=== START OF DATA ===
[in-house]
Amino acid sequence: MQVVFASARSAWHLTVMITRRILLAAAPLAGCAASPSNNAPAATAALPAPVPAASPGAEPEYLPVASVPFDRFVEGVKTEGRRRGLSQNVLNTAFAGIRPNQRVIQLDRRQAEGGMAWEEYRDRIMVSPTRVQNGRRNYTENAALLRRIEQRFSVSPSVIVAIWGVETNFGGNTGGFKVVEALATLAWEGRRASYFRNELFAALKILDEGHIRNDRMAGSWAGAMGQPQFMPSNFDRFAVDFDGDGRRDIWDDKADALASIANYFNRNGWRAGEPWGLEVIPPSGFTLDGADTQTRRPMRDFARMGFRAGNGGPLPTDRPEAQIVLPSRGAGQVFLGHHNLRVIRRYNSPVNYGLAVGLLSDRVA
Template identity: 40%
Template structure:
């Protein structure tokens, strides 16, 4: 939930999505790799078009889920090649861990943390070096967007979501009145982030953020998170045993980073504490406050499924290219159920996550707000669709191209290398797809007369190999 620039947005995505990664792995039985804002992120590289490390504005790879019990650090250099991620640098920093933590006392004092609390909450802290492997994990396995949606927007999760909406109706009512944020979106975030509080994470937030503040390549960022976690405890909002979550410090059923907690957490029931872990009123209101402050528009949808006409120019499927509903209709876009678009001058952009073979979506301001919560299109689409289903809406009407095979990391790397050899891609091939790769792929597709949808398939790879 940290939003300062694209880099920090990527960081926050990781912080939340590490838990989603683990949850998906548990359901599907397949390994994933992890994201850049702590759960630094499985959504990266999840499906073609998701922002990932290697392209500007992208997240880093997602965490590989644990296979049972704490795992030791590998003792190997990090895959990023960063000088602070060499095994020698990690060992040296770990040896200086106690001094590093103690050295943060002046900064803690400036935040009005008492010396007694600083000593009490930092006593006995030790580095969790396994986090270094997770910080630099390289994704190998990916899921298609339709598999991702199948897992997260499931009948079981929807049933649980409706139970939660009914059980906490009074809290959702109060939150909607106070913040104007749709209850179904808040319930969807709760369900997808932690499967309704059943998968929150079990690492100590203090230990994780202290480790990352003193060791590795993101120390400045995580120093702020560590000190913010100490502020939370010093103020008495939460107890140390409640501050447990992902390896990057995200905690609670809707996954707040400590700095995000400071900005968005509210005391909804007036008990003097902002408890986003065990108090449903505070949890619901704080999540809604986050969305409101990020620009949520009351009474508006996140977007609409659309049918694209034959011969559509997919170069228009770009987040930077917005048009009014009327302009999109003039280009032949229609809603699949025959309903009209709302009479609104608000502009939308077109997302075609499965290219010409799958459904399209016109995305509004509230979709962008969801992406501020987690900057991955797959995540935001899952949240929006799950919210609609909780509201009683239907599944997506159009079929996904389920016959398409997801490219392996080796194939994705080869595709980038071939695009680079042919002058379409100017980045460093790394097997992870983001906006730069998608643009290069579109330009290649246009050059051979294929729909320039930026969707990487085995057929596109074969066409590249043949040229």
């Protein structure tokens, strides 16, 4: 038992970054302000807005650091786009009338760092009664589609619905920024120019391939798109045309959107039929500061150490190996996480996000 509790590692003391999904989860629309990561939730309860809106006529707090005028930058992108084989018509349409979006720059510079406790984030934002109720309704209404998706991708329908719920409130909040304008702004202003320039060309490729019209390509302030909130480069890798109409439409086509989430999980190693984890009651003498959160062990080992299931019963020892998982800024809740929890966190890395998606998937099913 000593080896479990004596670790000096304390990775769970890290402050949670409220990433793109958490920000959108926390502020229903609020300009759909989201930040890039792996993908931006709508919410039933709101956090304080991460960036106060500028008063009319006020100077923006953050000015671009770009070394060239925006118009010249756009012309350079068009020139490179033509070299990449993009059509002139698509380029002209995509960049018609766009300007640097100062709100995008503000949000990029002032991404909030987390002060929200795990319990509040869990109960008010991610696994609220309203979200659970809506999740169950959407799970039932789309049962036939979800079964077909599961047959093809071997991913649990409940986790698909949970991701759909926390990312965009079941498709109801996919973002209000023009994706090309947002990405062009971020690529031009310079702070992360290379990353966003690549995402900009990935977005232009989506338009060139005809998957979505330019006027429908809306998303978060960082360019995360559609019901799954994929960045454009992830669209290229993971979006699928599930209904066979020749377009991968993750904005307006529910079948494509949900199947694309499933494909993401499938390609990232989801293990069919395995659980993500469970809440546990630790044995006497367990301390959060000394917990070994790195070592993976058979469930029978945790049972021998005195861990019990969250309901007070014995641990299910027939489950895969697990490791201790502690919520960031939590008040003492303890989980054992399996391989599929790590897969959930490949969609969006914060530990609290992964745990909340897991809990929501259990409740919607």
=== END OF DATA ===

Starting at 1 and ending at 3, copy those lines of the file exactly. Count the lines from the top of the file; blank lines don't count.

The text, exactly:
[in-house]
Amino acid sequence: MQVVFASARSAWHLTVMITRRILLAAAPLAGCAASPSNNAPAATAALPAPVPAASPGAEPEYLPVASVPFDRFVEGVKTEGRRRGLSQNVLNTAFAGIRPNQRVIQLDRRQAEGGMAWEEYRDRIMVSPTRVQNGRRNYTENAALLRRIEQRFSVSPSVIVAIWGVETNFGGNTGGFKVVEALATLAWEGRRASYFRNELFAALKILDEGHIRNDRMAGSWAGAMGQPQFMPSNFDRFAVDFDGDGRRDIWDDKADALASIANYFNRNGWRAGEPWGLEVIPPSGFTLDGADTQTRRPMRDFARMGFRAGNGGPLPTDRPEAQIVLPSRGAGQVFLGHHNLRVIRRYNSPVNYGLAVGLLSDRVA
Template identity: 40%